Posted 8 years ago
André Methey’s early work was reminiscent of the early Korean and Japanese wares admired by the late-19th-century French Art Nouveau ceramists. This stoneware (grès) vase is atypical of that early Art Nouveau work, which fed the Parisian tastes for naturalistic glazes and colors. This example depicts a deer and her fawn, two different poses, front and back. It is 14 inches tall. It is in the “Fauvist” style.
Here is a biography of Methey, as provided here at Collectors Weekly by “Cogito” in the description of a work he posted that is more typical of Methey’s early Art Nouveau work:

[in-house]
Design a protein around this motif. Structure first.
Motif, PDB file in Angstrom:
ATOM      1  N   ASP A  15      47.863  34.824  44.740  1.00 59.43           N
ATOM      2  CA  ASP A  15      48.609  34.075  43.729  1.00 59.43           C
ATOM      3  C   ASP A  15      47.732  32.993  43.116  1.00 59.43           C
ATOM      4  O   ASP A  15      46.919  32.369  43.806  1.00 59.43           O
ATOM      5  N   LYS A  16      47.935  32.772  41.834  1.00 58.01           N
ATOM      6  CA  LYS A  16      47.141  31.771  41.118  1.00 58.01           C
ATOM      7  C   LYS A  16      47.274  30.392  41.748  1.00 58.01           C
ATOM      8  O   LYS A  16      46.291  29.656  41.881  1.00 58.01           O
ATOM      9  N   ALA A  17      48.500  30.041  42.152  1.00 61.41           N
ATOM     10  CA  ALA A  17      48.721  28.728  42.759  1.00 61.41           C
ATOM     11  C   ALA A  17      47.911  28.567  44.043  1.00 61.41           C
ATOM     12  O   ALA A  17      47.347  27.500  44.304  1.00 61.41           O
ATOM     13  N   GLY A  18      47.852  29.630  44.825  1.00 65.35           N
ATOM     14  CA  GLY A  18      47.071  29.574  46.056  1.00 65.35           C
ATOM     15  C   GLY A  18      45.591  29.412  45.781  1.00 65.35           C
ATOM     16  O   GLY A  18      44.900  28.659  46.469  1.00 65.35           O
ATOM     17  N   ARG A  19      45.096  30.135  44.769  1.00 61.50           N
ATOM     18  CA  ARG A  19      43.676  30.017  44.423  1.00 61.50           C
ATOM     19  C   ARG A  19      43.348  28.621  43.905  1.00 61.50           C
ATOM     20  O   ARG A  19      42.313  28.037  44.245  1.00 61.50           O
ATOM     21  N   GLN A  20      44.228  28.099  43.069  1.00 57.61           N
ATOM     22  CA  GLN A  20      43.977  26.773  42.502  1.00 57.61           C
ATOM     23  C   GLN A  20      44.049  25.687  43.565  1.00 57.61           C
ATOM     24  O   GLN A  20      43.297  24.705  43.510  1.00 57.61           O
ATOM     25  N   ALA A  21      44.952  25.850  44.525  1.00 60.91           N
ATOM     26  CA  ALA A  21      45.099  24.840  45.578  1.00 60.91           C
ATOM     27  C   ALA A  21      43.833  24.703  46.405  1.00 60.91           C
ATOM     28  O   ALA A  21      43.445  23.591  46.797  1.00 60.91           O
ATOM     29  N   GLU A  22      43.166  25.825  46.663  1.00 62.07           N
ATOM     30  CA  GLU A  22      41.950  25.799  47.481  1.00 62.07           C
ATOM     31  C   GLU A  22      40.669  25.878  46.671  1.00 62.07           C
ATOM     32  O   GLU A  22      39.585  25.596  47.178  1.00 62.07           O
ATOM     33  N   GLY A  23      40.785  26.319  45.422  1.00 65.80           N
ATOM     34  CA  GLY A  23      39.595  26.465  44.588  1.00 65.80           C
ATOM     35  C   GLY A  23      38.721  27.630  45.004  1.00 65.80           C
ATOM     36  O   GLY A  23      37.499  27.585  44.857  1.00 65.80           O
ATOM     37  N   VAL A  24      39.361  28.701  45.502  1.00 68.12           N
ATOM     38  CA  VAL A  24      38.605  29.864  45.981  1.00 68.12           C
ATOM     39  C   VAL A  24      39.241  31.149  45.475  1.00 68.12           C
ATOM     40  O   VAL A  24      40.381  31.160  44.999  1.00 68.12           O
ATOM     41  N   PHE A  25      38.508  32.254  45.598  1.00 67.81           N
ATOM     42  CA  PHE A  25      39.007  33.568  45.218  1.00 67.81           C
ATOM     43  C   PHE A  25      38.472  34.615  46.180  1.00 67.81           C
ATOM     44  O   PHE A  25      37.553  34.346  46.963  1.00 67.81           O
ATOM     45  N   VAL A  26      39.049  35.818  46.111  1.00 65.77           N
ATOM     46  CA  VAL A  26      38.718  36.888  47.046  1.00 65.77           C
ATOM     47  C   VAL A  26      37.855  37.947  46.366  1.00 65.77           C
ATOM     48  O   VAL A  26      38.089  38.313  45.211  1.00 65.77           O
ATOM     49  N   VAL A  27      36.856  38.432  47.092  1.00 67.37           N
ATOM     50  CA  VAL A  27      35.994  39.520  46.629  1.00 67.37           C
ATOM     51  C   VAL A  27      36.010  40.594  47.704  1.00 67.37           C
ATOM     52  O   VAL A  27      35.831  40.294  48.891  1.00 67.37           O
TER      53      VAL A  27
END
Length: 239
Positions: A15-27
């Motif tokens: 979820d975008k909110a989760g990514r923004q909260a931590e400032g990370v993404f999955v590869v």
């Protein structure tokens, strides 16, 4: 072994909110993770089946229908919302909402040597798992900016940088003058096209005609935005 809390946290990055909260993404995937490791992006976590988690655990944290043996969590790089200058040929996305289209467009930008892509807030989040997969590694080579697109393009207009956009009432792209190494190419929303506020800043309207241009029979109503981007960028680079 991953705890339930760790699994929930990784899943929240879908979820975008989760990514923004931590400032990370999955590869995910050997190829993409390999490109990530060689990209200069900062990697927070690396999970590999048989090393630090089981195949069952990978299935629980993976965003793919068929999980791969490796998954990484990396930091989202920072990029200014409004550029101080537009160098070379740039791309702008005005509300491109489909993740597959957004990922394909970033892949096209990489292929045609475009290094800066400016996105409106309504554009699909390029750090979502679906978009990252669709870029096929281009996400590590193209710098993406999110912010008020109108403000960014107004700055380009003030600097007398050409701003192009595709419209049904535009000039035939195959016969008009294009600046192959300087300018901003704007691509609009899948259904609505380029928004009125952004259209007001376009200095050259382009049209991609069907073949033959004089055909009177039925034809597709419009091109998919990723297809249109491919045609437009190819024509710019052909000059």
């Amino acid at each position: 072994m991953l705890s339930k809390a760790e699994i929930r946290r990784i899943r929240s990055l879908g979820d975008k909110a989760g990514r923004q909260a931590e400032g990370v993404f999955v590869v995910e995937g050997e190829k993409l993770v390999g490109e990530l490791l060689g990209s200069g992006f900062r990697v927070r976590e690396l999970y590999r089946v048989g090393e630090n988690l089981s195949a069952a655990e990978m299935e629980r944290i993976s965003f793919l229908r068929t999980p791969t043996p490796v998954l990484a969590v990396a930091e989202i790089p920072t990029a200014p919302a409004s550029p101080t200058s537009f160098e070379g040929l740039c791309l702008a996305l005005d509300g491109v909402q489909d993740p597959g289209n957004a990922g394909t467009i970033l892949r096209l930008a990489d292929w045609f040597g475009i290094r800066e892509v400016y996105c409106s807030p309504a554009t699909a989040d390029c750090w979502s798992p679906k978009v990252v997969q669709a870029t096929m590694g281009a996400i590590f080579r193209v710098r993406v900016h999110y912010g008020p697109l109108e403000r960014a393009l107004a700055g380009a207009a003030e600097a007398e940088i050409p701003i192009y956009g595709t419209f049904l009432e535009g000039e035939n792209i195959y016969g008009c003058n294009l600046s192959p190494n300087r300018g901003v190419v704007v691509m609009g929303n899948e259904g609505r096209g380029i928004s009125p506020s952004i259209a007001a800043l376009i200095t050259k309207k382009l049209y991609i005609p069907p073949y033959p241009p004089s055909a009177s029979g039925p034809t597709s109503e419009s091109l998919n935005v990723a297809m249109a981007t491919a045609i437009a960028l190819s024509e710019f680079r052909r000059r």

André Methey (1871-1920). Born in Laignes (Cote d'Or) in 1871, Methey was apprenticed at age 14 to a stonemason and later studied with a plaster modeler. At the age of 15, he moved with his family to Paris and soon, after the death of his father, was forced to support his mother and siblings. He entered military service, and while stationed in Auxerre (located between Paris and Dijon), he studied drawing and became interested in ceramics after reading Edouard Garnier's Traite de Ceramique. Methey's earliest creations followed the tradition of Japanese and Korean wares, and he began to use flambé glazes in 1900. He first exhibited his work in 1901. Two years later, he settled in a small house at Asnieres (a suburb of Paris), where he built a kiln and prepared his own clay and glazes. Abandoning Japonism and Art Nouveau, Methey later turned to Persian-inspired wares and tin-glazed earthenware decorated with designs by Fauve painters including Redon, Rouault, Matisse, Bonnard, Vlaminck, and Derain.